Guiding consumers since 2009

‘Stealth taxes’ to be carried by consumers

By Isabelle Coetzee

New tax measures, predominantly aimed at consumers, will fund higher education and government debt, said finance minister, Malusi Gigaba, during his budget speech yesterday afternoon.

These measures, which will raise approximately R36 billion in 2018, most notably includes an increase in Value Added Tax (VAT) from 14% to 15% – the first increase since 1993.

“I am surprised that it was not a 2% increase,” said Peter Mansfield, retired local government leader and entrepreneur. “The government's cupboard is bare and it’s risking default on its debt.”

In his speech, Gigaba acknowledged that it was necessary to increase VAT in order to maintain the integrity of South Africa’s public finances.

He stated that, “Despite an improved outlook, government still faces a revenue gap of R48.2 billion in the current year.”

Comparing VAT to other countries

Mansfield believes VAT is the most efficient form of tax collection, not just in South Africa but in neighbouring countries, like Zimbabwe and Namibia, where higher VAT rates are already in place.

According to Tertius Troost, tax consultant at Mazars, this is how Treasury was able to justify the increase in the VAT rate.

“From the comparison to other countries we can see that the international average is around 19%, so there is still room for Treasury to manoeuvre,” said Troost. 

Consumers to carry tax burden

Although income tax has also been slightly adjusted, the majority of taxes will be collected from the increase in VAT, increases in the general fuel levy, and the introduction of the sugar tax and emissions taxes.

Mike Teuchert, national head of taxation at Mazars, refers to these taxes as ‘stealth taxes’ because, since they are built into the prices of goods, their full weight won’t be immediately evident to consumers.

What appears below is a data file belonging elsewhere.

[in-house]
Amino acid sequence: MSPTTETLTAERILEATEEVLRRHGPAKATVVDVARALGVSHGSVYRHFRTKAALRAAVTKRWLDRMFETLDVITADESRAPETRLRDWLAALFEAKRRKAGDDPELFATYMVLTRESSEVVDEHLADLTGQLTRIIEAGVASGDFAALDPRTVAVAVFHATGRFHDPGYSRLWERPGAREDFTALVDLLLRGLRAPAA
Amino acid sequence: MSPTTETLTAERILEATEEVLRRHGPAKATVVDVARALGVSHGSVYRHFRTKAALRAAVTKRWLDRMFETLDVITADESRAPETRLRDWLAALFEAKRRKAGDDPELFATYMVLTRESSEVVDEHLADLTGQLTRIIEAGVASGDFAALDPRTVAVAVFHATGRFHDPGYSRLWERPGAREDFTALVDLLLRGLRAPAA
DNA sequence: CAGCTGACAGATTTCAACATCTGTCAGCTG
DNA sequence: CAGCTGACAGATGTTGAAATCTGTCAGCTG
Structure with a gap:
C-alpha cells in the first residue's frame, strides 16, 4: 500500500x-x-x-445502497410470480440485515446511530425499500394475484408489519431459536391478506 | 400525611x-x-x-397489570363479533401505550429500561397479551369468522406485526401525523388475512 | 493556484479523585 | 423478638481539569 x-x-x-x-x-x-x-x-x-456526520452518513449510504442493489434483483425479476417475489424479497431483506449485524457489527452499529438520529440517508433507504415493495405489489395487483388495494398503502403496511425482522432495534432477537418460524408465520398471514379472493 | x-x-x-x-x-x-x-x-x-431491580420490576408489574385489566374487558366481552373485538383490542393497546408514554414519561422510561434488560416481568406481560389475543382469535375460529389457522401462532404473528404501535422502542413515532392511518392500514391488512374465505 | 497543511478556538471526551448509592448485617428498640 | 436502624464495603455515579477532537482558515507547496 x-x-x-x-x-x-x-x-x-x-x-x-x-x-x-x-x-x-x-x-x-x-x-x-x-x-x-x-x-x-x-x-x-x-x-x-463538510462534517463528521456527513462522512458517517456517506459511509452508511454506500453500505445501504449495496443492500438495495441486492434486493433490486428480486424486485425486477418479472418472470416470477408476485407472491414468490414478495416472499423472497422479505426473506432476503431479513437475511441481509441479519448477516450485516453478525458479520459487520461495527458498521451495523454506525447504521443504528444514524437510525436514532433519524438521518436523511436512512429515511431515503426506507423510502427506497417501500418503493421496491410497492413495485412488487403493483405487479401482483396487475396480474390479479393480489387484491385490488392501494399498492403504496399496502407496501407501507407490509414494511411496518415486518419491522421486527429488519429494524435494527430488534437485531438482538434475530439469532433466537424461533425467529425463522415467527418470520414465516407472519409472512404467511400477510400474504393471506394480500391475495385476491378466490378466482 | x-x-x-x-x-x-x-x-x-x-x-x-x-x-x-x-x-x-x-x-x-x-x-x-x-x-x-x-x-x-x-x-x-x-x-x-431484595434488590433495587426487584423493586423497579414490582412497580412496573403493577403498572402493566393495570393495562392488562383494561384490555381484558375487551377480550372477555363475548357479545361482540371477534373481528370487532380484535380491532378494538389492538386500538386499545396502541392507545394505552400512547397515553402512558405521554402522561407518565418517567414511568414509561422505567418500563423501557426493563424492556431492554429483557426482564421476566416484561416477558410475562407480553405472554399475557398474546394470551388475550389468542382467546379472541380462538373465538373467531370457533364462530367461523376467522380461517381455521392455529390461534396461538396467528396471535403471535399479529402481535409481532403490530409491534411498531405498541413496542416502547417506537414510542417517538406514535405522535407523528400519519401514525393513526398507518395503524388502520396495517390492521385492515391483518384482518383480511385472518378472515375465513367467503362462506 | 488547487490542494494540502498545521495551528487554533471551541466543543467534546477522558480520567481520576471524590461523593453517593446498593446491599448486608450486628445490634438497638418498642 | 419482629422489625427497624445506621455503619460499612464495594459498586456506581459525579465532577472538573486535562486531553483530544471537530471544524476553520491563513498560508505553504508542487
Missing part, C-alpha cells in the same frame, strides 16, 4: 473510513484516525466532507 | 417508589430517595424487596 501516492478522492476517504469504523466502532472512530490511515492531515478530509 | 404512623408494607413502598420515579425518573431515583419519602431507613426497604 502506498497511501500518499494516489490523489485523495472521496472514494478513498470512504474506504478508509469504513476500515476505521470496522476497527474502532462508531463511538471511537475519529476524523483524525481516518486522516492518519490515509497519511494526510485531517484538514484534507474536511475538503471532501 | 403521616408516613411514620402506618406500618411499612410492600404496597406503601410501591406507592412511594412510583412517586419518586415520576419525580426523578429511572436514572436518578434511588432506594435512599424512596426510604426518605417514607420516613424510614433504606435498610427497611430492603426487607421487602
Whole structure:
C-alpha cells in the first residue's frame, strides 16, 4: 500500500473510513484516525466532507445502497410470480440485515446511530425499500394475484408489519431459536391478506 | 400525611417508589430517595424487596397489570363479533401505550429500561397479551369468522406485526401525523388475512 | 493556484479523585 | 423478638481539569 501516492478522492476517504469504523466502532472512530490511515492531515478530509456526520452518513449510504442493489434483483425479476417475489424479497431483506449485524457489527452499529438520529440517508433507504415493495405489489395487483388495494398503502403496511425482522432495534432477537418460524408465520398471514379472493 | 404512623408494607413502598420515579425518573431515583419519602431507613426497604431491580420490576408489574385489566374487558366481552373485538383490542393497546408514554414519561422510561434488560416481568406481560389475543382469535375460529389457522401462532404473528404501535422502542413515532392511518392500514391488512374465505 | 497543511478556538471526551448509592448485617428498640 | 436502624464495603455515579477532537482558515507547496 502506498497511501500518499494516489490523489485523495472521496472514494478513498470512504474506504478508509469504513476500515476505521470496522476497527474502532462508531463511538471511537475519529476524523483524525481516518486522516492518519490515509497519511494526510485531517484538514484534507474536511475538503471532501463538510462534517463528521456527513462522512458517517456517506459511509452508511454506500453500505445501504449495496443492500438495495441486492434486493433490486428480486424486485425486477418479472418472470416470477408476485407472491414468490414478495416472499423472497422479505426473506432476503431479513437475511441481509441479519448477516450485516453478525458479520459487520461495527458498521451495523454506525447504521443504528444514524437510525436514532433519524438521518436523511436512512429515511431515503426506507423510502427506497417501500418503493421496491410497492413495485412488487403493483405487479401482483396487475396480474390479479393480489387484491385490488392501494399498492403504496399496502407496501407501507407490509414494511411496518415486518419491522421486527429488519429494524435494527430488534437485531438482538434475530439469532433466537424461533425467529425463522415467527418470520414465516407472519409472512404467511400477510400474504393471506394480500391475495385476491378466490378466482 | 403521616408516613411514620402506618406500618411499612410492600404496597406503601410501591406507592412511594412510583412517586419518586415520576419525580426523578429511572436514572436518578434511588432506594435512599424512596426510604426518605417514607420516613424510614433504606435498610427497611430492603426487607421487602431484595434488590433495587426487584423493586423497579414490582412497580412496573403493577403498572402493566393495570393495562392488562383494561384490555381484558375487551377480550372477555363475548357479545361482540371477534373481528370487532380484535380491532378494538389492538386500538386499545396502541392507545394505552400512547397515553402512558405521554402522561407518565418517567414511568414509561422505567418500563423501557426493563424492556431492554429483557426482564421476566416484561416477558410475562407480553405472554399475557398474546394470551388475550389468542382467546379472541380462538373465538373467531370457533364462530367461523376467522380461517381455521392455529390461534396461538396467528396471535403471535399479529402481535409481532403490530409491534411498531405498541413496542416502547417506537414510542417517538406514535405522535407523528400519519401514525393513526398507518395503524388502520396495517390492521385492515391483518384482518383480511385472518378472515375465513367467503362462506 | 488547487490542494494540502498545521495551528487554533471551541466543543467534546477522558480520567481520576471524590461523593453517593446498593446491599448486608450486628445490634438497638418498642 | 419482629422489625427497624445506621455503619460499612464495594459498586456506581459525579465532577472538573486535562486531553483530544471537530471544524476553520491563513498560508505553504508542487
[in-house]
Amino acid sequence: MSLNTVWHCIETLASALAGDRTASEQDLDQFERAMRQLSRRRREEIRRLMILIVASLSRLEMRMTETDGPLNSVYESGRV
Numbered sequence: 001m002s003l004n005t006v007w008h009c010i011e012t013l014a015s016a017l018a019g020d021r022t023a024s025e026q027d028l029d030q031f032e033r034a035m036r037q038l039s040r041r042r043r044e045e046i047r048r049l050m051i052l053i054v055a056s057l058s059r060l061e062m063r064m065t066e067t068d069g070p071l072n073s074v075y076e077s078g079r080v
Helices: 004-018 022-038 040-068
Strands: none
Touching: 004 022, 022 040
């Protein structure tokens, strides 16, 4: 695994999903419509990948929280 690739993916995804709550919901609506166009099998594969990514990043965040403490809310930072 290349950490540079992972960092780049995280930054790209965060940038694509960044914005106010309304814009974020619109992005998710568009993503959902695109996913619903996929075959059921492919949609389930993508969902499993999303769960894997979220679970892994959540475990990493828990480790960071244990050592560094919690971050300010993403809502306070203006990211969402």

“The stealth taxes will have a significant effect on consumers,” said Teuchert, who was also disappointed that the Budget did not include enough long-term solutions.

Gigaba explained at a press briefing that although these taxes are not ideal, South Africans need to look at the budget as a whole because it will lead to overall growth.

Teuchert disagreed and said, “The only way to stabilise South Africa’s budget is to increase jobs and actually grow the economy, and we are still not seeing enough of that.”

Recent Articles

Featured Lock down your finances

There are quite a few things that may influence your personal finances. These include an economic recession, losing your job, not receiving your full salary, your company closing, or even a state of disaster in your country, such as the current lockdown due to the Covid 19-outbreak. 

Ensure your family doesn’t feel the impact of your retrenchment

Retrenchment doesn’t only change the way you view yourself; it also alters the relationship between you and your family. Things can go from good to bad within a short space of time. But you can do something to prevent your family from feeling the impact of retrenchment.

Someone got injured on my property – now what?

Life is unpredictable and no matter how careful we are, accidents happen. But what if someone has an accident while visiting your house? Your guest could fall off the stairs, slip on the floor or get bitten by your dog. 

Are you ready for a house upgrade?

You moved into your home knowing one day you would need to make some changes to turn it into your dream home - add a new bedroom, a second bathroom, build a double storey or even move out.


Free large chips at KFC

Price: R119.80
When: Daily
Where: Online

Big family feast for R299 at Panarottis

Price: R299
When: Thursdays
Where: Nationwide

Spur Burger Combo for R249

Price: R249
When: Daily
Where: Nationwide

Latest Guide

Guide to debt rehabilitation solutions